We need to know what to look out for, how to foster the right kinds and amounts, and, how to keep the wrong kinds in balance.
Stress and anger
Stress is the emotional tension felt arising from the external pressures we experience every day.
We usually sense it physiologically, as a general feeling of irritation, perhaps a knot in the stomach, tension in the neck, a stronger heart rate, maybe even, a rise in blood pressure.
We also sense it psychologically, as a general state of angst, an emotional uneasiness that when left unchecked, can grow to bring significant, negative, consequences. This can often flow into endless sleepless nights, as we constantly chase thoughts round in our heads.
Anger is one of those unintended consequences, where just one seemingly ‘small straw’ can indeed ‘break the camel’s back’.
In the extreme, anger typically arises from excessive negative emotions.
This negativity often happens when we feel that others have caused us harm or displeasure. It creates a deep sense of unfairness inside us, which we hold on to tightly.
Spurred by anger, we typically lash out. Our behaviours cause harm to those that we feel have harmed us. Psychologically, the emotions compromise our intentions. Yet, this pent up sense wants to come out. In fact, psychologists tell us it is better that it does, though earlier, and in more controlled ways.
Stress and anger are rather like a powerful, tropical thunderstorm. From a clear and calm morning, temperatures rise as the day progresses. Things get hotter, and the storm clouds loom and gather over the horizon.
There is no doubt that we all sense what’s brewing as the storm builds up to a point of utter inevitability. With a loud thunderclap, the full power and force of its might is unleashed; the deluge begins.
Anger is like that raging storm, yet, the writing was on the wall, long before the calm was breached.
Once we see red, our ability to think rationally is savagely impacted. Our only constructive option is to just let that anger blow out, just as we head for sanctuary while letting a storm blow over.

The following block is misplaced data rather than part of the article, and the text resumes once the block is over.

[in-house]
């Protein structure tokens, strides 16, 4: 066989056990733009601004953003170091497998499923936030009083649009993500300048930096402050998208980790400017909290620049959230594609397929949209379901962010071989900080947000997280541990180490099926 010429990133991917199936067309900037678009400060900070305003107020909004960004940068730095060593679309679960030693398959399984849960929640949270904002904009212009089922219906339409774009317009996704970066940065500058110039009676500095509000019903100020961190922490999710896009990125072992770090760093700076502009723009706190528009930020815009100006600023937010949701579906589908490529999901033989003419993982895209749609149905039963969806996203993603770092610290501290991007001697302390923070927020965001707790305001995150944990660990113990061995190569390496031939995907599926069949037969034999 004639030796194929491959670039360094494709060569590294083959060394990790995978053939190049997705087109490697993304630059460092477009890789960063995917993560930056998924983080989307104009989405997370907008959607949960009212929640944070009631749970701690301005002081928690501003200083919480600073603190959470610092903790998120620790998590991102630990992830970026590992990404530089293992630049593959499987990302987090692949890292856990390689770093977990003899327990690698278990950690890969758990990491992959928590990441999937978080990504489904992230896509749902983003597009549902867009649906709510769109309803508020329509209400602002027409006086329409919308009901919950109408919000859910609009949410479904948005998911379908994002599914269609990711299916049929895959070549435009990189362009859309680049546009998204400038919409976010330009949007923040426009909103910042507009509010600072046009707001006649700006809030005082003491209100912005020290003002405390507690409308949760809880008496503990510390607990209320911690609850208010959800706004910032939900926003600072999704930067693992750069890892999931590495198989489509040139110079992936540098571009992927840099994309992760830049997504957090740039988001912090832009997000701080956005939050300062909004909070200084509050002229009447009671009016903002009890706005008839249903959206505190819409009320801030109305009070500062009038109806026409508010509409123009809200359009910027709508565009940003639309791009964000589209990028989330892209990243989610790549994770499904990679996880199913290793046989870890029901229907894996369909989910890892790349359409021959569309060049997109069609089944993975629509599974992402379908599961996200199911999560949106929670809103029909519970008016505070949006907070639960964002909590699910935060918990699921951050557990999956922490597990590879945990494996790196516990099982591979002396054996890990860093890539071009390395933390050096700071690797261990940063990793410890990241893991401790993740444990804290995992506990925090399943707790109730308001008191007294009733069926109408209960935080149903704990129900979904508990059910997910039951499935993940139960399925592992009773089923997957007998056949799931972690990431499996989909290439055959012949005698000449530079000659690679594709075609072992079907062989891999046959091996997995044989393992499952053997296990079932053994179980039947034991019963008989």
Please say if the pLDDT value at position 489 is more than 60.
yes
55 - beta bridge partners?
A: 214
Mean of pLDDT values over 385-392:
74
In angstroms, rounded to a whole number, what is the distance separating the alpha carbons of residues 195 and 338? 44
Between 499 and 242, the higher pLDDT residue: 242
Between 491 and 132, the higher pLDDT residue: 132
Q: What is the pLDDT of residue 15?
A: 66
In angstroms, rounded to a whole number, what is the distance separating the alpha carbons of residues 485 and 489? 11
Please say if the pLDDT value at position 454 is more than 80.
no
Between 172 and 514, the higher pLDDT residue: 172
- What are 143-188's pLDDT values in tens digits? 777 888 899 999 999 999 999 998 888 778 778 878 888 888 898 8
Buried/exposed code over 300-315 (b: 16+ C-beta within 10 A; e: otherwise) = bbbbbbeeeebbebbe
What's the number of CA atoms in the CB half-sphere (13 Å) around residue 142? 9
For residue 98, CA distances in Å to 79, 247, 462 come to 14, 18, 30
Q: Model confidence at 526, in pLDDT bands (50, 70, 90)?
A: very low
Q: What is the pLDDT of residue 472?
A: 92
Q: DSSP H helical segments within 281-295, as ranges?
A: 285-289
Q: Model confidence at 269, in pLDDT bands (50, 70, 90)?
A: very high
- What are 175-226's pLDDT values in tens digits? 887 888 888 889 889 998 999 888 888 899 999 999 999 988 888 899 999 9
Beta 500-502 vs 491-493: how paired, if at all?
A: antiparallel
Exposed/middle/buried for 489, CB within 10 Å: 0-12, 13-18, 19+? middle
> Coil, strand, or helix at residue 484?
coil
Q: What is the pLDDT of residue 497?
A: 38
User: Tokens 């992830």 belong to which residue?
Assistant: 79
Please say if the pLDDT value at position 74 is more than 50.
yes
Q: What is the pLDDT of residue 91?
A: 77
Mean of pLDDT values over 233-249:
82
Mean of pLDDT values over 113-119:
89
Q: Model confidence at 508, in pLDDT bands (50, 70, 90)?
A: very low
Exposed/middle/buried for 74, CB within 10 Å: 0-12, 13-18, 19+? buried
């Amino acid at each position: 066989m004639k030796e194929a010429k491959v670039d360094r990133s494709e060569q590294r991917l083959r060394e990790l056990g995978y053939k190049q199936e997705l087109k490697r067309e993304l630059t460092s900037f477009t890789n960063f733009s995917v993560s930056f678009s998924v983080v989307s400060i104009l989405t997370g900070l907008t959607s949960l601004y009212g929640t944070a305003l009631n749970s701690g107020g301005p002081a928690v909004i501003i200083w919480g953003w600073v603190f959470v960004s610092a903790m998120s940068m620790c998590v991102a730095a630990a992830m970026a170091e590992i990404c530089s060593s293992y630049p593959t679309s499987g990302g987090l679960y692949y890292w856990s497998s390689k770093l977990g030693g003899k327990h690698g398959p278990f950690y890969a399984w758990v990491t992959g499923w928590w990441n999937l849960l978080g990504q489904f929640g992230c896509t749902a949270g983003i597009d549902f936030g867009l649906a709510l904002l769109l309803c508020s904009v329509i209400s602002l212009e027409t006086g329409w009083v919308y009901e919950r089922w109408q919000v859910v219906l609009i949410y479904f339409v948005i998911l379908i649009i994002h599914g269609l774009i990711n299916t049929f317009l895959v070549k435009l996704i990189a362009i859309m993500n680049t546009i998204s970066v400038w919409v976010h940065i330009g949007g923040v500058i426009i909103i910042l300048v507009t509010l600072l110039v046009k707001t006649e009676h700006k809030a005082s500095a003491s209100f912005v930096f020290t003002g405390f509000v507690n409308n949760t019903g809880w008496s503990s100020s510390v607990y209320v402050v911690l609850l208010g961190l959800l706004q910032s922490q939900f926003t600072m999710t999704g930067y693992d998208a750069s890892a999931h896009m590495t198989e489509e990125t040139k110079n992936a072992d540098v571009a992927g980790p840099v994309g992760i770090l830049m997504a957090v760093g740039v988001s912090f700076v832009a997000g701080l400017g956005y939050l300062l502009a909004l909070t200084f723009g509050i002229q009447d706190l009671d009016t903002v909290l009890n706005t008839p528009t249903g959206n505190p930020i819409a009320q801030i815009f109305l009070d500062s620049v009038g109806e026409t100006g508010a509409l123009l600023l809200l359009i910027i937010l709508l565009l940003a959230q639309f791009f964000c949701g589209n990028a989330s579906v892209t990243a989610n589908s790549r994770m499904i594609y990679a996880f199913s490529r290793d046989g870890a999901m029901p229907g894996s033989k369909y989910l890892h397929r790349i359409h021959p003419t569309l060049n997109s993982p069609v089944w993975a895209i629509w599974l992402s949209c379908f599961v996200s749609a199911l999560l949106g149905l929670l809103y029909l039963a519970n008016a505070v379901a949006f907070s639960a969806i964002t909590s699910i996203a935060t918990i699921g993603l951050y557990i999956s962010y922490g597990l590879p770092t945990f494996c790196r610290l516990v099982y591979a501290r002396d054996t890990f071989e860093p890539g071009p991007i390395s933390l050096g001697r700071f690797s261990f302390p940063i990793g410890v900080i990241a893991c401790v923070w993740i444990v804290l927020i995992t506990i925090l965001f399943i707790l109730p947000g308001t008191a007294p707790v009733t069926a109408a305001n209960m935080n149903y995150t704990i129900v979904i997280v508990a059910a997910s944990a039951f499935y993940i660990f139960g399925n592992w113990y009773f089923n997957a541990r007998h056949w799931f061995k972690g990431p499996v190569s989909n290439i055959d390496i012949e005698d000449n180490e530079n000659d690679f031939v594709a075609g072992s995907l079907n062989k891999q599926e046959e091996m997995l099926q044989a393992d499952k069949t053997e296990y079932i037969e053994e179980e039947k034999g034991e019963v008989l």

Psychology endorses that viewpoint; it tells us that we are at our most productive just before we reach that fully blown anger stage. That is the last time for intervention.
Once that tipping point has been reached, however, performance and productivity become severely impaired; the storm has to be ridden out.
Managing the thunderstorm
The trick then for improved productivity, is to catch those stresses, strains, and emotions as they build.
It’s about working on emotional intelligence, EQ, so you can strengthen your self-awareness. It’s about knowing the early warning signals, and listening out for them throughout the day.
For instance, you may begin to feel those storm clouds gathering each time a client complains, a supplier delivers the wrong goods, or a boss gives you another tight and challenging deadline.
Once you sense the tensions that each new event triggers, listen, pay attention, and act. You know the inevitability of the outcome; it’s that bubbling ferment of anger rising.
Yet, it doesn’t need to be like that. Paying attention to those inner conversations means that you can start to change the pattern; you can begin to break those old habits. Stopping anger from managing you, means taking charge and making choices, just as you do on those thundery days; you go earlier, postpone until later, or, choose to do something different.
Patrick O’Brien is managing director of The Amanuenses Network in Singapore